passions, and, I may add, your fondness for novelty, expose you to many unseen dangers, and render you extremely liable to be drawn into folly and ruin by the enticement of sinners. If you are convinced of this, you will acknowledge that those, to whom providence hath intrusted the care of your infancy, childhood, and youth, ought to exercise their utmost skill and authority to guard and restrain you from the 'paths of wickedness. Are they not bound in duty to God, and to you, to watch, counsel, instruct, and govern you. Can you pretend, whatever your feelings of opposition may be, that parents and masters, or the heads and directors of any literary institution, in which you may be placed, would be faithful to their trust, unless they take care to preserve you from the corrupting influence of those, who would entice you to evil? When instruction, advice, and example fail to effect the object, ought they not to interpose authority? If God hath commanded you not to consent when sinners entice you, will you think your parents, masters, or instructors unreasonable, if they endeavour to enforce the divine precept? They are account able to God for their conduct towards you, and can never be justified in his sight if they do not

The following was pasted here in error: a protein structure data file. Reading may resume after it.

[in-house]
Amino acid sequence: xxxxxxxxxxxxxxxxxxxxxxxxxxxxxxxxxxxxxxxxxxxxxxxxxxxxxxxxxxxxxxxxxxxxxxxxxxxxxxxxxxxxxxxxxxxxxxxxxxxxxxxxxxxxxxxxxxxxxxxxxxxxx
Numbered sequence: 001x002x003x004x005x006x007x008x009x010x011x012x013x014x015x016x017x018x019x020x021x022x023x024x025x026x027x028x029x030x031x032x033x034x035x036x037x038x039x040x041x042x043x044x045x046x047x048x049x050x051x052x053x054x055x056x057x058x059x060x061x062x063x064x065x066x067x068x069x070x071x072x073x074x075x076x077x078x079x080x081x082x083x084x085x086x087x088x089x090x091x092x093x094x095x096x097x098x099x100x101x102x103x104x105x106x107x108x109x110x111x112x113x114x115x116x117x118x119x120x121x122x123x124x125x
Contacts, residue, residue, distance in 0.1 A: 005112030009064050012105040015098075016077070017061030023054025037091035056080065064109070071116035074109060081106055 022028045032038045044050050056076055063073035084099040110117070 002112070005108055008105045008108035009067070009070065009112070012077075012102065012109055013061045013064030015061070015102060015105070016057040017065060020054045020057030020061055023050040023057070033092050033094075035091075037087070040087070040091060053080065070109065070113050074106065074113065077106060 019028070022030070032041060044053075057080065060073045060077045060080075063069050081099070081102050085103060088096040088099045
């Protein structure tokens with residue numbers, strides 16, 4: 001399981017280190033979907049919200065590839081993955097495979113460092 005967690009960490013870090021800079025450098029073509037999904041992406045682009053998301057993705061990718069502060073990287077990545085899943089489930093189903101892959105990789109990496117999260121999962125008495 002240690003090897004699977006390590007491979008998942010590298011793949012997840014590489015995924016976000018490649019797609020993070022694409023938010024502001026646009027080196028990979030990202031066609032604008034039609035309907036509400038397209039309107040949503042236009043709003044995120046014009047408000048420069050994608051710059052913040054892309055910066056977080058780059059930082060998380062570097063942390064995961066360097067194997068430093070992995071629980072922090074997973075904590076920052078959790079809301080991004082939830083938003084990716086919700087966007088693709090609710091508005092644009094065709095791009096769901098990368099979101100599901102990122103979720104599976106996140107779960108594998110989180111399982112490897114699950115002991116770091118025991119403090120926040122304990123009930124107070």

use their influence and authority to preserve you from every evil practice, and lead you into the paths of honour, virtue, and pięty.